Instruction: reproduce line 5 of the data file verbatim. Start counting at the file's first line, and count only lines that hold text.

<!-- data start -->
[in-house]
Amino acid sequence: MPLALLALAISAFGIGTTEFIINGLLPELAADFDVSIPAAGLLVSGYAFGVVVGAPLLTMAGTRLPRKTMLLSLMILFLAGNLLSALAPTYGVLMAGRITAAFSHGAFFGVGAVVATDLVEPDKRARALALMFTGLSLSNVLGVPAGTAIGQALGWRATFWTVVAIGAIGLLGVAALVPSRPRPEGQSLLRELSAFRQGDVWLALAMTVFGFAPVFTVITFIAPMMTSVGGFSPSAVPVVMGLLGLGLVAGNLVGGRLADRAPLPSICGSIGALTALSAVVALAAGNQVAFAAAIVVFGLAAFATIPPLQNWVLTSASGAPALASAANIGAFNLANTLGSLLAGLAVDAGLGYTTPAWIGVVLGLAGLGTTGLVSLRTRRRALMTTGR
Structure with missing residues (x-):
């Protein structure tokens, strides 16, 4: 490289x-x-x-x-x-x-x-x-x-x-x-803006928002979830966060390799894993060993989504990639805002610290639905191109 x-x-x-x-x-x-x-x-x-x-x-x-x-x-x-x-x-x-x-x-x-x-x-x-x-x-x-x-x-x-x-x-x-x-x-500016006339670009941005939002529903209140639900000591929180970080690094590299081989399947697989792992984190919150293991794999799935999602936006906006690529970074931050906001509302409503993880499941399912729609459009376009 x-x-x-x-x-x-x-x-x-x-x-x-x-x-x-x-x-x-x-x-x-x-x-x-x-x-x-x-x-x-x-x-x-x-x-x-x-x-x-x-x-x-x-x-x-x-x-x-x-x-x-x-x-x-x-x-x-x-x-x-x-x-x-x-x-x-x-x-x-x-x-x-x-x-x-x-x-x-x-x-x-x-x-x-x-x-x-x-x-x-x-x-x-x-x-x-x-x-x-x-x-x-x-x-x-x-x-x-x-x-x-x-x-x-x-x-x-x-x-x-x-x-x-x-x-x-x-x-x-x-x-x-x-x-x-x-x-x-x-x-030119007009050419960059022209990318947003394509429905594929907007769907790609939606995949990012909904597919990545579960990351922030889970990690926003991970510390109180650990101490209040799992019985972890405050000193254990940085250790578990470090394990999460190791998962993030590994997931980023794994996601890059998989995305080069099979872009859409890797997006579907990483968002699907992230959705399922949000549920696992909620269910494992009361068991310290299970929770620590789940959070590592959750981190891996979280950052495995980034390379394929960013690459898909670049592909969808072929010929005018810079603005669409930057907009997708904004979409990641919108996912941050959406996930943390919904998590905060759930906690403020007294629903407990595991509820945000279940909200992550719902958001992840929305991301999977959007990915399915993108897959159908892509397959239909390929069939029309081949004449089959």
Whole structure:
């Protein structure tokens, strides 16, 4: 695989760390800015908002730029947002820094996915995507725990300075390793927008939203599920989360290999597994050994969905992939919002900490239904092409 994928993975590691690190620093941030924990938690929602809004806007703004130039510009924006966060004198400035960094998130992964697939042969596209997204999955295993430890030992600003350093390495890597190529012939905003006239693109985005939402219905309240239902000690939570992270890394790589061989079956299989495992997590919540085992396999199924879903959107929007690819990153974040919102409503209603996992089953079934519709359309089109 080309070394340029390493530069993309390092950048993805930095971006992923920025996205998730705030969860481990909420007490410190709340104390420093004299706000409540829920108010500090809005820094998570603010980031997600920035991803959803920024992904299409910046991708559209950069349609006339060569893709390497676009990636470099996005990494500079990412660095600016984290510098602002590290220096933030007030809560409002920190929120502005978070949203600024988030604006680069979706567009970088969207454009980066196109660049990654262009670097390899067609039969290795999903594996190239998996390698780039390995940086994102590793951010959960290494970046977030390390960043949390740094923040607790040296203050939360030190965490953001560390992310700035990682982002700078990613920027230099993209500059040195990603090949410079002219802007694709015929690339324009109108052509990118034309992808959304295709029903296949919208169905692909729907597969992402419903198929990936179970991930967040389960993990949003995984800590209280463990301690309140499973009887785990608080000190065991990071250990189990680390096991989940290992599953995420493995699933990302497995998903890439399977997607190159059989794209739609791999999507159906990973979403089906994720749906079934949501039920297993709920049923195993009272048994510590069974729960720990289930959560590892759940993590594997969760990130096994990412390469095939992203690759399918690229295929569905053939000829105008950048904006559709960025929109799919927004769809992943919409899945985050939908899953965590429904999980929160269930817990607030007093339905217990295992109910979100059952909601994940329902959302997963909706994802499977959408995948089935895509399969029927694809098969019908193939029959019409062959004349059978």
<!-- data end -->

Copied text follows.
Whole structure: